Wednesday, August 1, 2012


Robert Burns wrote in his poem, “To a Mouse”

But, Mousie, thou art no thy lane [you aren’t alone]
In proving foresight may be vain:
The best laid schemes o’ mice an’ men
Gang aft a-gley, [often go awry]
An’ lea’e us nought but grief an’ pain,
For promised joy.

This is precisely where I am regarding the completion of the manuscript for my novel. It hasn’t matter what I’ve planned to do, something has continuously crept up to curtail my plans for the past several days since my last post. Here I sat thinking of how I should begin chapter thirty-five of my novel, after having reviewed the corrections/suggestions made by my editor for the previous chapter, and having a steady flow of continuous interruptions.

Today I heard a voice, as I’ve heard for the past several days, inside my head telling to go back to the previous chapter. Why should I go back to something I know I’ve totally reviewed? Could it be that I had missed something, something I had taken for granted as being correct? How many of you have had the same experience? Most of the time I’ve ignored this, and I’ve found myself being correct in the stand I took. But this afternoon, as I resisted in going back to the previous chapter, the voice inside my head urging me to take this course of action became exceptionally strong. I figured it would be better to give in now, than to resist any more.
I cleared my head of everything except the task I was about to undertake. I printed out a copy of the chapter in question, and began a slow, slow read. Reading this with a cleared mind and a “new” set of eyes, I found not one, not two, three or four changes which needed to be made; I found I had about twenty faux pas. Once I had completed this somewhat arduous task, and had saved the changes, I took a break to clear my head once again.

This evening after eating dinner and watch an episode of “Eureka” on NetFlix online, I printed out the chapter again [there’s something after holding the printed word in your hands as opposed to reading on a screen] and read it again. This time the inner voice in my head seemed to be at peace knowing that everything is the way it should be.

Once I sat down the words which had been trapped in my head began to flow into my fingertips, it took me about twenty minutes to think of what to type next and to have another double-spaced page completed. This might not sound like a lot to have typed, however if you consider I anticipate needing about fifteen to twenty more pages to reach the typing of the final period in my novel. I’ll only need about ten more hours to reach the end of this long, long tunnel I’ve been traveling through to reach this end. Which makes reaching my self-imposed deadline of this weekend a definite reality.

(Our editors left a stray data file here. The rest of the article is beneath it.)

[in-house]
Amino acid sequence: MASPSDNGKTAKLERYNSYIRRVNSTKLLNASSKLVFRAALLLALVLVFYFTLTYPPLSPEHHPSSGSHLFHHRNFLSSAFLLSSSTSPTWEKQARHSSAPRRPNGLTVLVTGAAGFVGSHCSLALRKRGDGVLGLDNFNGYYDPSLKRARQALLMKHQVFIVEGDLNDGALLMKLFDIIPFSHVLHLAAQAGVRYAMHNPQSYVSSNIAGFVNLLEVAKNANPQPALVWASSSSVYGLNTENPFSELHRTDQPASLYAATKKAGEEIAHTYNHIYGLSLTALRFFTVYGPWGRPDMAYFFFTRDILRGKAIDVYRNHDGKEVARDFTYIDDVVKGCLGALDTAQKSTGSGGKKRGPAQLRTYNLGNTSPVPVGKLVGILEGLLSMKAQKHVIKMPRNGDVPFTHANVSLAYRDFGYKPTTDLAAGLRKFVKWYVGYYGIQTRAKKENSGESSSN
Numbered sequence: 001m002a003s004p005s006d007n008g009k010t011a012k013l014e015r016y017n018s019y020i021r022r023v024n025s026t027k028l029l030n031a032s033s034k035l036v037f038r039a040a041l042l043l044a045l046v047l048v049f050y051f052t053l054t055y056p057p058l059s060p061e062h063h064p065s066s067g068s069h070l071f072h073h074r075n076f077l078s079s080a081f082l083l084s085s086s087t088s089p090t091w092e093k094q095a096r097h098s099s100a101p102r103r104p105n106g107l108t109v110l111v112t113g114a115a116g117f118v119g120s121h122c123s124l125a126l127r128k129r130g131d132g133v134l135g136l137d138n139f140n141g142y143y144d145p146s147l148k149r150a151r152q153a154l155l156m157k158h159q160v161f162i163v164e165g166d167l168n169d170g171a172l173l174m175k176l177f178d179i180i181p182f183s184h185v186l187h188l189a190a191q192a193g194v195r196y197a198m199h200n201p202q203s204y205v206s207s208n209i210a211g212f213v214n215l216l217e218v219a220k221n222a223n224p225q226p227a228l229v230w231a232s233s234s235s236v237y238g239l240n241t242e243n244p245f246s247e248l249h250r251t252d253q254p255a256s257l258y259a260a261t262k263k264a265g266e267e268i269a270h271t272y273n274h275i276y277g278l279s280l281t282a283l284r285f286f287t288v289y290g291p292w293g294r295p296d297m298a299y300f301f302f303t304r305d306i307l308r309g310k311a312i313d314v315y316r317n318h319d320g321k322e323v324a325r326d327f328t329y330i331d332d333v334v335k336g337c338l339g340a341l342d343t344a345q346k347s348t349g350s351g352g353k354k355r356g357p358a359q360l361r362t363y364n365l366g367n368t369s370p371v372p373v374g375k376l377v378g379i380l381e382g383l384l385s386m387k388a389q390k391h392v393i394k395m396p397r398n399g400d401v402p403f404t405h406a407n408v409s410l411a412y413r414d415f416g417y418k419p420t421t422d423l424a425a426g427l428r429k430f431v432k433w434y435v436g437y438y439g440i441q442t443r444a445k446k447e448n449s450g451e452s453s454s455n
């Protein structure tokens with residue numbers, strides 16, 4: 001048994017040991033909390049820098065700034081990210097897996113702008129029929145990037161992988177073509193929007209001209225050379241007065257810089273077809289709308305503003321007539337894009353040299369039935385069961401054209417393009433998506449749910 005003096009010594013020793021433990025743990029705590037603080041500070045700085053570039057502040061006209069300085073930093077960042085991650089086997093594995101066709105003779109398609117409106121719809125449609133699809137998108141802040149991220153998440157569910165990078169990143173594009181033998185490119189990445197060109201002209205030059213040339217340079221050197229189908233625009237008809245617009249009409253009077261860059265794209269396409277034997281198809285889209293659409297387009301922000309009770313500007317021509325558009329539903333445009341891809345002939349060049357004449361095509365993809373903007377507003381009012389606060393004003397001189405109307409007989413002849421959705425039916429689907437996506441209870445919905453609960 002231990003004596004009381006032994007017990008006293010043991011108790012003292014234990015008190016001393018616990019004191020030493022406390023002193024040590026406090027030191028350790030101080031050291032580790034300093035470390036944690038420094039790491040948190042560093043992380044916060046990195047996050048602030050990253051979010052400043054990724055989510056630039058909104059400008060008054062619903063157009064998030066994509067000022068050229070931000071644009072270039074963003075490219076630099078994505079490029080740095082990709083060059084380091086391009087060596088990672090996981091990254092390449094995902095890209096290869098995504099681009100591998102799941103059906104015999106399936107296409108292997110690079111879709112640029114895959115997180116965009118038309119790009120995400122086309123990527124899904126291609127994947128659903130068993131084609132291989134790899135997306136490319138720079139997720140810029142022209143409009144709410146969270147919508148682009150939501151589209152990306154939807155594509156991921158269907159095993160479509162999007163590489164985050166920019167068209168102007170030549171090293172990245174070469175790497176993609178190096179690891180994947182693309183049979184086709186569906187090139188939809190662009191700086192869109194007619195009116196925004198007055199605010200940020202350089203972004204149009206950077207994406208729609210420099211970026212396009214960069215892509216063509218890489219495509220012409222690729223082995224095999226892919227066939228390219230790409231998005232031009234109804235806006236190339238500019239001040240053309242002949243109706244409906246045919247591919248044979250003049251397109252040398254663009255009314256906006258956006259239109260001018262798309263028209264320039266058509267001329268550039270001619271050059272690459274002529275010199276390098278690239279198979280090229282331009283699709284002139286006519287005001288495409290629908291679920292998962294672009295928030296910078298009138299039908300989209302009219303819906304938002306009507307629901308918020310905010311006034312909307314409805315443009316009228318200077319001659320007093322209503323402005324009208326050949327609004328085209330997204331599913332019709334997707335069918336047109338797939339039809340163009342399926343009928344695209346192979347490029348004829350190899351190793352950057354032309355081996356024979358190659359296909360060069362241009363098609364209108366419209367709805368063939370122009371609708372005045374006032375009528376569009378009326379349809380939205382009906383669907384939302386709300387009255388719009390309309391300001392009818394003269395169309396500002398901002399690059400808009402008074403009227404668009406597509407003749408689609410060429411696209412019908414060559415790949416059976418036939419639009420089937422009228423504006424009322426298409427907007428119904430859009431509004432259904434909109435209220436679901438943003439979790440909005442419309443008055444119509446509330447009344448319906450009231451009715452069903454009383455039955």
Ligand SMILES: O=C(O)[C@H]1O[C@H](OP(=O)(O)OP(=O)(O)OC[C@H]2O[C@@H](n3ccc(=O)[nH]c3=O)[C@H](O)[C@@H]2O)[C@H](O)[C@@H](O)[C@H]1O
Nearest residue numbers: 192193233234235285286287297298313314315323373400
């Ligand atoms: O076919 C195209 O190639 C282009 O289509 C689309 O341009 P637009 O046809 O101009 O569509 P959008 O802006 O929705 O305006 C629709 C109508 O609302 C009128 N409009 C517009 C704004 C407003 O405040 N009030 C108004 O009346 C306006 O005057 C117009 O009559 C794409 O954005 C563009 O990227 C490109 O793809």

So if anyone has any doubts in listening to that voice inside your head telling you to follow a different path in your writing endeavor than you had in mind. Take it from me and listen to that voice, you’ll be happier in the end if you do.



  1. I want to congratulate you on being so close to finishing your book that you can see the end. So many people give up but you are special, and you will have your book in your hand sooner than you think. Best of luck, Mary Firmin, author Deadly Pleasures.

  2. I think when we are working on a novel that our brains keep trying to figure it out even though we may be doing everything but writing. I am not as close to the end of my novel as you are but I've had times when I just couldn't get a word down only to come back a few days later and my pen just takes off as soon as it hits the page. It's as though my brain was working on it even though I was not aware of it. Best of luck to you.

  3. You're so right--it's so important to listen to the voice inside our head (or our heart) and Congratulations on being in the home stretch!

  4. Congratulations, Robin! I know you are beyond excitement with the end so near! As I read your post today, it reminded me of a post I made in June. . . Hope you enjoy!

  5. Thank you so much for sharing this with us. I enjoyed reading it and getting to peek inside your head.
    love, LinnAnn Pike

  6. @ Mary Firmin - THANKS for your congrats/support. As I approach the typing of that elusive final period [.], I've begun my search for a illustrator/graphic designer to do the cover for my book. Not only can't I wait to get that "PROOF COPY" in my hands, I want to smell the ink on the freshly printed pages. THANKS for being with me as I travel to the day when I can see the light at the end of the tunnel. :-D

    @ Clare Marie Kronemeyer - I know precisely what you mean about the roller coaster ride of being an author. You can see that in my last few posts I've made. THANKS for your support and being with me in the front seat as we ride that roller coaster together.

    @ Sandra McLeod Humphrey - It's a good thing you've experienced the same voice. :-) I thought I've been hearing things. THANKS for CONGRATS/SUPPORT as I reach the home plate. :-D

    @ Sharla L. Shults - THANKS for your feedback/support. And YES, I'm ECSTATIC about finally reaching the elusive day every author searches for as they write their manuscript. Today, I finally taking a break to answer the replies on my blogs. As you know by now I've left a link to that post on your blog. Hope your followers will enjoy reading my view on this topic as well. :-D

    @ LinnAnn Pike - THANKS for your feedback. And as far as allowing you [and everyone else] to peek inside my head, isn't that we as writers do everytime we write something. I'm glad you enjoyed reading it. :-D